filters for tungsten halogen lights question

Discussion in 'Digital Cameras' started by S Thomas, Jan 22, 2005.

  1. S Thomas

    S Thomas Guest

    I have set up two 500w tungsten halogen security type lights, in order to
    take digi photos of my collection. I bought a 'tent' thingy, the idea being
    that the tent diffuses the light so as to take decent pics without any
    background. It works fine, except that the pictures have a yellowy/brown
    cast. Is there any kind of filter or coating I can put on the lights to get
    rid of this cast? Or am I doomed to spend a heap of cash on spiffy


    El Terry
    S Thomas, Jan 22, 2005
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  2. S Thomas

    turbo Guest

    If its digital use 'white balance' to correct it.. Some details of your
    camera set up would help a lot though..
    turbo, Jan 22, 2005
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  3. S Thomas

    Ken Weitzel Guest

    Mxsmanic wrote:


    Wait a second... that presumes that gain can only
    be increased - never reduced.

    If you're taking a pic in a room with (can't turn 'em
    off) some red accent lamps, for instance, your pic
    will surely have a reddish cast to it.

    Have to fix it. So you (the camera)could increase the
    gain on the blue and green channels, and noise would
    certainly increase. Or, it could reduce the gain on
    the red channel, and noise would certainly decrease.

    Ken Weitzel, Jan 22, 2005
  4. S Thomas

    JPS Guest

    In message <cst5v3$2bt$>,
    You have to figure out how to get the proper color balance from your
    camera. There is really no need to use filters for this; warm halogen
    light is actually good for many digital camera; as good or better than
    white sunlight. Some cameras tend to under-expose in Halogen. Since
    you are shooting still objects, try positive exposure compensation as
    well, and compare results.

    Without mention of your camera, or the software you are using, it's hard
    to say how to correct the color cast.
    JPS, Jan 22, 2005
  5. S Thomas

    JPS Guest

    In message <>,
    Not necessarily! Most digitals are least sensitive to red light, and
    you get a more balanced S/N ratio when shooting under warm light. Many
    people report weak blue channels, but that is partly because cameras
    tend to under-expose with warm light, but boosting the exposure can get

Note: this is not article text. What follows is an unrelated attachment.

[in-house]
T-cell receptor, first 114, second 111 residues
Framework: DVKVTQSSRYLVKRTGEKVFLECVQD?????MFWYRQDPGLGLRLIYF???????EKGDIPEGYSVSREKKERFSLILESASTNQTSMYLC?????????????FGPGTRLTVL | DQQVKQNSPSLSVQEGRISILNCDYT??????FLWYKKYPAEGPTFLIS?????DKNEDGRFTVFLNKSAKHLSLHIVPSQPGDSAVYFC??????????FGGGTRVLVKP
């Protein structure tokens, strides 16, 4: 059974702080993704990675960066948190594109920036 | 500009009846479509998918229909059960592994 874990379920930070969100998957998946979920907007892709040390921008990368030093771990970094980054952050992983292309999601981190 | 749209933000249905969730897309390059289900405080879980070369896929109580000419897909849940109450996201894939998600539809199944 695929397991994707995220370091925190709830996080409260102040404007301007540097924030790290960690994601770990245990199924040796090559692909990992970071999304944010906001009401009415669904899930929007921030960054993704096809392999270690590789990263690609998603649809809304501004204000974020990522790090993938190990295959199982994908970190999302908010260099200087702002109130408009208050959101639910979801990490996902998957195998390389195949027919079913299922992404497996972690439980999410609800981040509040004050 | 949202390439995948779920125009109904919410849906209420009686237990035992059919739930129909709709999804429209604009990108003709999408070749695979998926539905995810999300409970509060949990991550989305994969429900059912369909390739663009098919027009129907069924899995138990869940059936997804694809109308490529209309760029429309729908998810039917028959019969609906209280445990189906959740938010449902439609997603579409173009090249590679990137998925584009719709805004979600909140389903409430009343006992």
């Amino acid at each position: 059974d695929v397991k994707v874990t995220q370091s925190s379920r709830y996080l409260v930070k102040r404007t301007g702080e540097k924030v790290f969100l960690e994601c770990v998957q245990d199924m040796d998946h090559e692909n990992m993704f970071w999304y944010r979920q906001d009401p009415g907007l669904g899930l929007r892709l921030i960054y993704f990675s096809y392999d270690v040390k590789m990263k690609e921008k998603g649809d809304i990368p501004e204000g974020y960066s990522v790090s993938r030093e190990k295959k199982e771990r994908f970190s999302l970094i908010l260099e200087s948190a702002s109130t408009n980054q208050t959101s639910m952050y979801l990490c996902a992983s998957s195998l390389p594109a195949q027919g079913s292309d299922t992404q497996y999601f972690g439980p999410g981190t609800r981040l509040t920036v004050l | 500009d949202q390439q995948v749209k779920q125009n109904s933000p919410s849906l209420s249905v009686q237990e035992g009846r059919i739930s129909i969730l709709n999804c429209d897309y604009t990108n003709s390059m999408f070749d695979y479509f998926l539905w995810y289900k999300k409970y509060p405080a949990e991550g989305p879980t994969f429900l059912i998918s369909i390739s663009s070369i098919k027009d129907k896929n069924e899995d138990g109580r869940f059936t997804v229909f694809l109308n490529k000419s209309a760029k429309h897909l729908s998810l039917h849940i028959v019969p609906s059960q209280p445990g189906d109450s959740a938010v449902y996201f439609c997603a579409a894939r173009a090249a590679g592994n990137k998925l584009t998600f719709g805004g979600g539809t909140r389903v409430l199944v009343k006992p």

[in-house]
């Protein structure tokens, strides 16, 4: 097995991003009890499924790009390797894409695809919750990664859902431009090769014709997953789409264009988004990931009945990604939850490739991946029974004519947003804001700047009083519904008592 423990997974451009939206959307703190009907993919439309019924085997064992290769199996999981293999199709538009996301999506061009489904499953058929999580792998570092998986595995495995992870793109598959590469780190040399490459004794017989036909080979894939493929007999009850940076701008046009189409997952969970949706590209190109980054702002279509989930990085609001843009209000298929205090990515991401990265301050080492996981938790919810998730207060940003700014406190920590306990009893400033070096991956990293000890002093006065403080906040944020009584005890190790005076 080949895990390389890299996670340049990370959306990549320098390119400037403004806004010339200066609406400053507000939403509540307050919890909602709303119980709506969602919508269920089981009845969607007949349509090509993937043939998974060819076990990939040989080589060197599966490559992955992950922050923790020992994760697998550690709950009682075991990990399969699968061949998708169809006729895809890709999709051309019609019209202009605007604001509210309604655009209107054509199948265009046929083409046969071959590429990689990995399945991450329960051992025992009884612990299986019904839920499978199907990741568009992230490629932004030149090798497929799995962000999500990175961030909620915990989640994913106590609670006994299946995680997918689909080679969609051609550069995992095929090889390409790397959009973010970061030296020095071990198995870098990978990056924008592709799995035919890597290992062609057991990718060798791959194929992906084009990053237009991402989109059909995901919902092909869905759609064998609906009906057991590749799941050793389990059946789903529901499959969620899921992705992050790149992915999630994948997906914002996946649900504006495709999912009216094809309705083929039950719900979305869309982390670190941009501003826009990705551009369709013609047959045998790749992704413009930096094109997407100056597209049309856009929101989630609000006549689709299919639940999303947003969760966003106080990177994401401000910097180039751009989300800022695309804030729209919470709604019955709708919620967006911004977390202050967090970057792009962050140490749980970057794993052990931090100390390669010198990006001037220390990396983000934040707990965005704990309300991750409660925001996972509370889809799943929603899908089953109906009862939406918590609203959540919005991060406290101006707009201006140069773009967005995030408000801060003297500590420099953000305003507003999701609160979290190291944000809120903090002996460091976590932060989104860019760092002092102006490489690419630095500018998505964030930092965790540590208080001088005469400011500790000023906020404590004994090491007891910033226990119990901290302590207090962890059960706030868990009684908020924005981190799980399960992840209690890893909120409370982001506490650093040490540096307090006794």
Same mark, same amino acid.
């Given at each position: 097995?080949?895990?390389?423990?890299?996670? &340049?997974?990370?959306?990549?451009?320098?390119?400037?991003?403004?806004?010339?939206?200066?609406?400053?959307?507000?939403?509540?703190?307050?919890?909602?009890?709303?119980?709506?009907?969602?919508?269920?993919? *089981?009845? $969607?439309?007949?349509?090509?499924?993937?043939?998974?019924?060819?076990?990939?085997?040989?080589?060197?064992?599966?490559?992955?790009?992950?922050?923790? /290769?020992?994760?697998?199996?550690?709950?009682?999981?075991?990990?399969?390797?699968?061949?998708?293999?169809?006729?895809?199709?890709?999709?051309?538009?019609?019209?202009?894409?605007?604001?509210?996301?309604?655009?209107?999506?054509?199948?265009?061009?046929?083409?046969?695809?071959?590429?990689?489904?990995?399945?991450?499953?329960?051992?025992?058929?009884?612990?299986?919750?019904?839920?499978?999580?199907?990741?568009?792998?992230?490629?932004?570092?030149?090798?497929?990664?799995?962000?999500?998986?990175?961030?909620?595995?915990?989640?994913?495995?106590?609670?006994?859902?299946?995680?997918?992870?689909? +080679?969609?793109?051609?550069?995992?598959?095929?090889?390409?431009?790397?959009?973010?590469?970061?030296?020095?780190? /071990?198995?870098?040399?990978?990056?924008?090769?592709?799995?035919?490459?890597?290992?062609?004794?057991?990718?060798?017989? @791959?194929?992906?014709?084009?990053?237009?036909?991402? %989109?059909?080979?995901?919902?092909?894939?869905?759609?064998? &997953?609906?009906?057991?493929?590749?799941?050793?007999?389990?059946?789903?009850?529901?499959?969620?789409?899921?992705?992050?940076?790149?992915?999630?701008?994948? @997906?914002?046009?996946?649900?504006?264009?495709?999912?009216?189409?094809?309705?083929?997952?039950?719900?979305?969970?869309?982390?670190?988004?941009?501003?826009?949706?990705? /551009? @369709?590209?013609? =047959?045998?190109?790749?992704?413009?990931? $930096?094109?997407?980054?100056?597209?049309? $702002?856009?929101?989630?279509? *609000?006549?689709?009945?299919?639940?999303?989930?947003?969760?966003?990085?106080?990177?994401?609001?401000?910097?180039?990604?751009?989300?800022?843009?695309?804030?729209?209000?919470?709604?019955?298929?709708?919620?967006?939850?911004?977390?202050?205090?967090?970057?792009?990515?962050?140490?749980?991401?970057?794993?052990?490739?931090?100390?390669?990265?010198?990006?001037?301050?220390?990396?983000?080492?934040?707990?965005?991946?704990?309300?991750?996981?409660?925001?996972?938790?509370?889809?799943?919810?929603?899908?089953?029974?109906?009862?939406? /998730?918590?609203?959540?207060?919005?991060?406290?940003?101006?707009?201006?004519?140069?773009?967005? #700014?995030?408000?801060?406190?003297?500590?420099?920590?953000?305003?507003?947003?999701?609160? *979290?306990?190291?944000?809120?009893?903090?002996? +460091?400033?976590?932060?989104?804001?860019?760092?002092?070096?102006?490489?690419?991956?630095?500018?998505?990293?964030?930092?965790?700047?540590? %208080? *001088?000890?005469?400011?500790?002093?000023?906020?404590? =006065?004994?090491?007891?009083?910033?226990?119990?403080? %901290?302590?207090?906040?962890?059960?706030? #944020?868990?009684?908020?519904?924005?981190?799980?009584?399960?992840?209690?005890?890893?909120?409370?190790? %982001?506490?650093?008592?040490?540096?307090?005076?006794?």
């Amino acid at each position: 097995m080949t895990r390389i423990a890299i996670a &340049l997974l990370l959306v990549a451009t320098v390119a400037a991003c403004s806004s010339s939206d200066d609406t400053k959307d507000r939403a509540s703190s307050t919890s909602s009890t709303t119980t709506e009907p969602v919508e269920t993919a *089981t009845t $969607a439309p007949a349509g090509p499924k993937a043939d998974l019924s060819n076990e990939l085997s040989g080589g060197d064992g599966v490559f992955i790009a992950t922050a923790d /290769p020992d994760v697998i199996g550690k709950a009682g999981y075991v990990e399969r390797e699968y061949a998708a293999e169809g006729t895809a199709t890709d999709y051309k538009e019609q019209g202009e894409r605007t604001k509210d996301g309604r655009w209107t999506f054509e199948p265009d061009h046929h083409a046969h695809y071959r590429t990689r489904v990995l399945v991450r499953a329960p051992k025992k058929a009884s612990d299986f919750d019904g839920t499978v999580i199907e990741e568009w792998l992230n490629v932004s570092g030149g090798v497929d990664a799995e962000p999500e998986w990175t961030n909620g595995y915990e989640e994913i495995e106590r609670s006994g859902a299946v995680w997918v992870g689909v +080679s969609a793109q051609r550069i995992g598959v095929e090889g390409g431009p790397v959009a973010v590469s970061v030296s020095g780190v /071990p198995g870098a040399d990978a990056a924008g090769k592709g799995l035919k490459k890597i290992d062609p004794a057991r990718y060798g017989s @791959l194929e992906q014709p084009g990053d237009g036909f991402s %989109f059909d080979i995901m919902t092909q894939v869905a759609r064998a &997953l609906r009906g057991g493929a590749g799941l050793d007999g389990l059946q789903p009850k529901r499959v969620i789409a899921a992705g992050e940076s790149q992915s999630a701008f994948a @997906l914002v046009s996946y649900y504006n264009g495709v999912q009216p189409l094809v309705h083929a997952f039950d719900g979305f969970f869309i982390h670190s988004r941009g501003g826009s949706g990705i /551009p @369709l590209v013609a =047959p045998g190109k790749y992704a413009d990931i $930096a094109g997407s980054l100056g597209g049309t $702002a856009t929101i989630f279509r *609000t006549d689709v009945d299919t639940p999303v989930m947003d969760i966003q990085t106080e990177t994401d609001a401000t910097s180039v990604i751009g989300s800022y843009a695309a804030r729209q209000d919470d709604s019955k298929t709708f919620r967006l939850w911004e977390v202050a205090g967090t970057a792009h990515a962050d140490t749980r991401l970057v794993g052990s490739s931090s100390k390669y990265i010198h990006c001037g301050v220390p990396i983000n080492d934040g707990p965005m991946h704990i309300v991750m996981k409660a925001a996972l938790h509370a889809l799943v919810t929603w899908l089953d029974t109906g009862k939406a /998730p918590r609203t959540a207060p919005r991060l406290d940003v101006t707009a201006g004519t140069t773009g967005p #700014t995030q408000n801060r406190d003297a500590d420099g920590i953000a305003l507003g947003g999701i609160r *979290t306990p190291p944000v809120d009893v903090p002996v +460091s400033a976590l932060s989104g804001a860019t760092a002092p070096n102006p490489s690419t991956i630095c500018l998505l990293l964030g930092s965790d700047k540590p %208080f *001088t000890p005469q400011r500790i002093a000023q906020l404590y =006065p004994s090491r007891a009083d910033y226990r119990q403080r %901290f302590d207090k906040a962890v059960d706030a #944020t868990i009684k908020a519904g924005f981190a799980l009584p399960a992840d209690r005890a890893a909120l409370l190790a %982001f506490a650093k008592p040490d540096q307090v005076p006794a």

you a stronger blue channel, without clipping the red channel, because
    the red channel is usually least sensitive.

    The native color balance of most digitals is that white objects in white
    light come out Cyan or Green-Cyan. This is not daylight film, where
    white is white.

    Ideally, one could balance RGB in the light source, and use a balance
    that maximizes capture in each RAW channel. This would give the highest
    S/N at any given ISO, the cleanest shadows, and full usage of the bit
    JPS, Jan 22, 2005
  6. S Thomas

    JPS Guest

    In message <[email protected]>,
    Actually, lighting with a bias towards red is actually better at
    equalizing the channels for a greyscale subject with most digitals.
    Almost all CFA/sensor combos are least sensitive to red.
    JPS, Jan 22, 2005
  7. S Thomas

    JPS Guest

    In message <DLwId.17474$>,
    I have never heard of any digital camera that had a native white color
    balance. If you look at the list of multiplication factors in DCRAW.c
    for the red and blue channels, used to get daylight reference, the red
    channel is usually 1/2 to almost stop less sensitive than the green, and
    the blue varies from slightly more sensitive than green to 1/2 stop less
    sensitive. Cyan or cyan-green is the native color balance of most
    cameras. so a red or magenta-red light source is optimum for white/grey
    objects, if you want maximum saturation of each channel. So, sometimes
    filters will help, sometimes they can hurt, sometimes they will help one
    channel, but hurt another.
    JPS, Jan 22, 2005
  8. S Thomas

    JPS Guest

    In message <f8DId.17942$>,
    You'd probably have to A/B with and without filters, on the same screen,
    to see any differences. The main difference, theoretically, is that a
    filter will have different levels of attenuation at the extreme ends of
    the spectrum covered by each color filter in the bayer array, whereas
    software or firmware color correction will scale both ends of each
    spectrum the same amount.
    JPS, Jan 23, 2005
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